New Research Reveals That For Years Hospitals and Doctors Have Been Prescribing and Charging Patients Antipsychotic Drugs That Had No Effects!
Two teams of researchers from John Hopkins University School Of Medicine in Baltimore have discovered through a systemic review study of haloperidon and other second-generation antipsychotics that were prescribed for patients for the prevention or treatment of delirium for hospitalized patients or out-patients, that the drugs did not have any effect nor even treat the condition in any way.
The discovery has created an uproar in various consumer and trade bodies in the US and EU and the findings have been published in the journal of the Annals of Internal Medicine. Consumer bodies have called the US FDA to review the initial pharma company's applications and approvals.
Dr Esther S. Oh, Lead researcher and her team from John Hopkins conducted a systematic review to assess the benefits and harms of antipsychotics for preventing delirium in adults patients. Data were reviewed from 14 randomized controlled trials (RCTs). The medical researchers found that delirium incidence or duration, hospital length of stay, and mortality did not differ with haloperidol or placebo.
Little to no evidence was seen for the effect of haloperidol on cognitive function, delirium severity, inappropriate continuation, and sedation. Second-generation antipsychotics did not seem to lower delirium incidence in the postoperative setting.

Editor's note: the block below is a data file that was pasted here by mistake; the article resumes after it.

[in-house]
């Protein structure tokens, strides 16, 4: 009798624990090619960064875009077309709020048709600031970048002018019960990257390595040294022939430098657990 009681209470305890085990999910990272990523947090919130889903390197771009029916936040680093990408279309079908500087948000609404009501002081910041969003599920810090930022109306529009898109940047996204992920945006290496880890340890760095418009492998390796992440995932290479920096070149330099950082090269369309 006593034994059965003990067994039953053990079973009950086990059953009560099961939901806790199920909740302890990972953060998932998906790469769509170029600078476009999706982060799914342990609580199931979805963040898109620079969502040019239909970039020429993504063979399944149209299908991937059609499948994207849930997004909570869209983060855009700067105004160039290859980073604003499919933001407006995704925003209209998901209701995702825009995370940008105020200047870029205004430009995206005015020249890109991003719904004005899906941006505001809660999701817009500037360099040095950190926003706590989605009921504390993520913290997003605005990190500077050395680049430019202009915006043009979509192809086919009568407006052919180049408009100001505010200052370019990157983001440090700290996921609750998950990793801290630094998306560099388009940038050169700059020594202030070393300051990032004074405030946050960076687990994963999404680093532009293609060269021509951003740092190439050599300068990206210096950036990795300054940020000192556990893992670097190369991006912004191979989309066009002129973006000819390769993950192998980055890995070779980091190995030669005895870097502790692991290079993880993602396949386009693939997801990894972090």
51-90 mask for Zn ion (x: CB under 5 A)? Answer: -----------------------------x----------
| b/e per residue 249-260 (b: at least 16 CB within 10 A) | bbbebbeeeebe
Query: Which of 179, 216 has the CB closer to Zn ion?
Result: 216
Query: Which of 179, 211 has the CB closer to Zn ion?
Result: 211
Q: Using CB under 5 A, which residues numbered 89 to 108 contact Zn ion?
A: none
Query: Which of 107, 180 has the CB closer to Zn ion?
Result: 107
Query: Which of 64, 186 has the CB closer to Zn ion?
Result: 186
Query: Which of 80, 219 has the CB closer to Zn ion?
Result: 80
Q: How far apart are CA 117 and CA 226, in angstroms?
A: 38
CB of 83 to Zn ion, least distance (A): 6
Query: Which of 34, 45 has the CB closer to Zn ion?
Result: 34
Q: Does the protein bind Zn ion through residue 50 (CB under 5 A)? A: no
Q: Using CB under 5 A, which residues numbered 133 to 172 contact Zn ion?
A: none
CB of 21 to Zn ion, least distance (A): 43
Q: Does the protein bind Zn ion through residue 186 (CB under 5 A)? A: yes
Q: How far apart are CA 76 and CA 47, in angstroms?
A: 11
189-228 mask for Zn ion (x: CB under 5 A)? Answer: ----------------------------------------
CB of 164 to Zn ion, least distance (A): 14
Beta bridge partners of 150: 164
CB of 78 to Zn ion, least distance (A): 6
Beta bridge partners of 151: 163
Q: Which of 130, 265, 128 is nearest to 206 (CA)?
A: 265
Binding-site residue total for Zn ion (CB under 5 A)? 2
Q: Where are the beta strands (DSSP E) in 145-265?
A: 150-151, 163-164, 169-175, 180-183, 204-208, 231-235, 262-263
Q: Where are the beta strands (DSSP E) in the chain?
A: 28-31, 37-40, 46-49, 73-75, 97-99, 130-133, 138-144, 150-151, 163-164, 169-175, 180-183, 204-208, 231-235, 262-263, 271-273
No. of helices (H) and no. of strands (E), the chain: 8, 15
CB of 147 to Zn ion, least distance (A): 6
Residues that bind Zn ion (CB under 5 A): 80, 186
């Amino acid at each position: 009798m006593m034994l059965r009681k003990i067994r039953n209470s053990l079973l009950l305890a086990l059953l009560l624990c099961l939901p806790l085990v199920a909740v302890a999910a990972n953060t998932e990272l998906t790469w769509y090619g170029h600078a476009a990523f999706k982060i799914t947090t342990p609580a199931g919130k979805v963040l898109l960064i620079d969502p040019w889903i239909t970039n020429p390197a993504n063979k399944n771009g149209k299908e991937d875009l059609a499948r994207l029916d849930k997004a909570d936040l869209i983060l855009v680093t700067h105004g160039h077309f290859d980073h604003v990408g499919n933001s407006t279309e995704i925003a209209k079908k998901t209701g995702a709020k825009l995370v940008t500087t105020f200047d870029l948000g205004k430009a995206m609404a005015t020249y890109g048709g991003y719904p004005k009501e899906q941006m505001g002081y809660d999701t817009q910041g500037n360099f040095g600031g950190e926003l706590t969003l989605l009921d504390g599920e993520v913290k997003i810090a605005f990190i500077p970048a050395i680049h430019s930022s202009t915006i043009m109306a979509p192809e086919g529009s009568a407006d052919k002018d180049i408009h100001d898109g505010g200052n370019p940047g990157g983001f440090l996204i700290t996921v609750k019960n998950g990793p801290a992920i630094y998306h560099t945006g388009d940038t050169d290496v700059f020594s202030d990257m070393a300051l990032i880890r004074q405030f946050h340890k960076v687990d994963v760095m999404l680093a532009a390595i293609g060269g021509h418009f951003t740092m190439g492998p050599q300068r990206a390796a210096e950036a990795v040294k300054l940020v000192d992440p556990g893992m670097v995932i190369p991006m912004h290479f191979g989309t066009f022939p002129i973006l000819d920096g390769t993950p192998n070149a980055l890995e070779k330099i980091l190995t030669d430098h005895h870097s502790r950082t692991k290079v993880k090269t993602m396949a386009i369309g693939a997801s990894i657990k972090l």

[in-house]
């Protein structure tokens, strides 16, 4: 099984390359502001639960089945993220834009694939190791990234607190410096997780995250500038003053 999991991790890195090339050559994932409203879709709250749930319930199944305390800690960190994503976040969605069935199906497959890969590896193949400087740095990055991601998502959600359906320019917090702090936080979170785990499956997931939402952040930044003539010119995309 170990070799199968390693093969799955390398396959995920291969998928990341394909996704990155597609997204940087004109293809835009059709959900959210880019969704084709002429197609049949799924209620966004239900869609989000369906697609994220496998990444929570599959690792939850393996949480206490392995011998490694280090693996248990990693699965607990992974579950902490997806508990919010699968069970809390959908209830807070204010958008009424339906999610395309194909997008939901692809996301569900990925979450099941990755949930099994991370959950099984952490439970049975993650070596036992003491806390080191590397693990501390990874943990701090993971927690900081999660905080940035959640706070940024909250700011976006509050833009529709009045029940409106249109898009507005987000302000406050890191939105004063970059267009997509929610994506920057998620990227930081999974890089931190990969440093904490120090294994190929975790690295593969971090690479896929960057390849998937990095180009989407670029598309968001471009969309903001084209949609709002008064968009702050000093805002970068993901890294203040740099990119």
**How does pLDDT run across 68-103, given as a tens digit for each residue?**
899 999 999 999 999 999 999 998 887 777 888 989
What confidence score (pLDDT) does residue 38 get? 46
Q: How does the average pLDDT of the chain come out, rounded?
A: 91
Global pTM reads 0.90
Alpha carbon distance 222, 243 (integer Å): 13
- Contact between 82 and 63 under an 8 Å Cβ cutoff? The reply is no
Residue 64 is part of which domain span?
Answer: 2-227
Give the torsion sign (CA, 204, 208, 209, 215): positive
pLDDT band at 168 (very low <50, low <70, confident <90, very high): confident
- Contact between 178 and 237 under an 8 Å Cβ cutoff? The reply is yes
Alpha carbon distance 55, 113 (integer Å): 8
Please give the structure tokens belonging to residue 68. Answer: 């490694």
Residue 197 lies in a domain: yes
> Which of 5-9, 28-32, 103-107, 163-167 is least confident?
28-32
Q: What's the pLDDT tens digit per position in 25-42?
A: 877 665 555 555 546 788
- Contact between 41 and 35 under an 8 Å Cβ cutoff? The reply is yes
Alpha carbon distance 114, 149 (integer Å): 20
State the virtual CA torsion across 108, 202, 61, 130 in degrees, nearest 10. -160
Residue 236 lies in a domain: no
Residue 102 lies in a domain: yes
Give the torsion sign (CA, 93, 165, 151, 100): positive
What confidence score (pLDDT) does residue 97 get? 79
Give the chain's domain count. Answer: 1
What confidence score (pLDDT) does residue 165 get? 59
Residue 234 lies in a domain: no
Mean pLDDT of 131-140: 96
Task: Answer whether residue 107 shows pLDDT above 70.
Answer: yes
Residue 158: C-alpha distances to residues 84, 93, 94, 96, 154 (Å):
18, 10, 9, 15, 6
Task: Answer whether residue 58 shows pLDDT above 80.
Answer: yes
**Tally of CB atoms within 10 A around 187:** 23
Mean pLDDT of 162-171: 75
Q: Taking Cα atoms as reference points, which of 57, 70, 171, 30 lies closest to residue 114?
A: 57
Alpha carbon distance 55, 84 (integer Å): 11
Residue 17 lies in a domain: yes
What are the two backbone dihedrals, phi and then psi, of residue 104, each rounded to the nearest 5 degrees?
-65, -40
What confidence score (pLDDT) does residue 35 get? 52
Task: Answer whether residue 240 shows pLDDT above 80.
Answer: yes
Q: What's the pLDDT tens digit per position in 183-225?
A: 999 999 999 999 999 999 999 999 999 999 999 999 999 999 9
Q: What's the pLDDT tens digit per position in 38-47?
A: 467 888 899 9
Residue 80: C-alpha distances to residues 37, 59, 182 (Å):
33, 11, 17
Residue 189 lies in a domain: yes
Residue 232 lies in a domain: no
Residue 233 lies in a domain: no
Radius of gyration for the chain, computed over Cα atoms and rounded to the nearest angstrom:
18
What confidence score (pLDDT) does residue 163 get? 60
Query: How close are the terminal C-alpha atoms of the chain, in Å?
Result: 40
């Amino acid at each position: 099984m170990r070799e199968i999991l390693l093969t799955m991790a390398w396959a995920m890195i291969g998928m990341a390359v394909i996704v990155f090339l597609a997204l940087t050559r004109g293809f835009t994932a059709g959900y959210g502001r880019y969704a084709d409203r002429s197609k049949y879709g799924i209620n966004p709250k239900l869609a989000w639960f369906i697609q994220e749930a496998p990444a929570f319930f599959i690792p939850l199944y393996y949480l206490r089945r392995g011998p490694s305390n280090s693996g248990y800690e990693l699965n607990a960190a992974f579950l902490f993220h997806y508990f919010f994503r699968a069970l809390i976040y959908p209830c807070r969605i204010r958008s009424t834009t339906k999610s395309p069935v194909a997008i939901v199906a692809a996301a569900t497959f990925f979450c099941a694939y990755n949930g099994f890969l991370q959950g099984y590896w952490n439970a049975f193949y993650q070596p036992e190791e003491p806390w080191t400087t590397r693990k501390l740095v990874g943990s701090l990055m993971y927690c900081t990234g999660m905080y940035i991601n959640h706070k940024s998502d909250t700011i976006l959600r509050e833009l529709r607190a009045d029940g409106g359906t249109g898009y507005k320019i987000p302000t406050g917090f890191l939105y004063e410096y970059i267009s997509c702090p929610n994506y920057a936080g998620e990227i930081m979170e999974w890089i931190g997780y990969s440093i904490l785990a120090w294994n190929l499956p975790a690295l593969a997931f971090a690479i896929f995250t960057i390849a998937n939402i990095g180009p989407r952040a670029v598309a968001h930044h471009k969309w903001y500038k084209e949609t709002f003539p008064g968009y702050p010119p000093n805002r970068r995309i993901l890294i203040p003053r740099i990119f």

Another team led by Dr Roozbeh Nikooie, also from the Johns Hopkins University School of Medicine, and his team conducted a systematic review to examine the benefits and harms of antipsychotics for treating delirium in hospitalized adults. Data were included from 16 RCTs and 10 observational studies.
The medical researchers found that for haloperidol and second-generation antipsychotics versus placebo, there was no difference in sedation status, delirium duration, hospital length of stay, or mortality. For haloperidol versus second-generation antipsychotics, no difference was seen in delirium severity and cognitive functioning, insufficient or no evidence was seen for the comparison of antipsychotics versus placebo.
As a research of these new findings, the medical researchers have issued announcements that the medical community with regards to use of antipsychotics for broad treatment of delirium, should stop the usage of this clinical practice to treat delirium the findings were sufficient to prove that it was as good as placebo if not worst.
The researchers did not comment when asked about what were the negative effects associated with taking these drugs or even conditions that can arise from long term usage.
Reference: Antipsychotics for Preventing Delirium in Hospitalized Adults: A Systematic Review
Esther S. Oh, MD, PhD; Dale M. Needham, MD, PhD; Roozbeh Nikooie, MD; Lisa M. Wilson, ScM; Allen Zhang, BS; Karen A. Robinson, PhD *; Karin J. Neufeld, MD, MPH *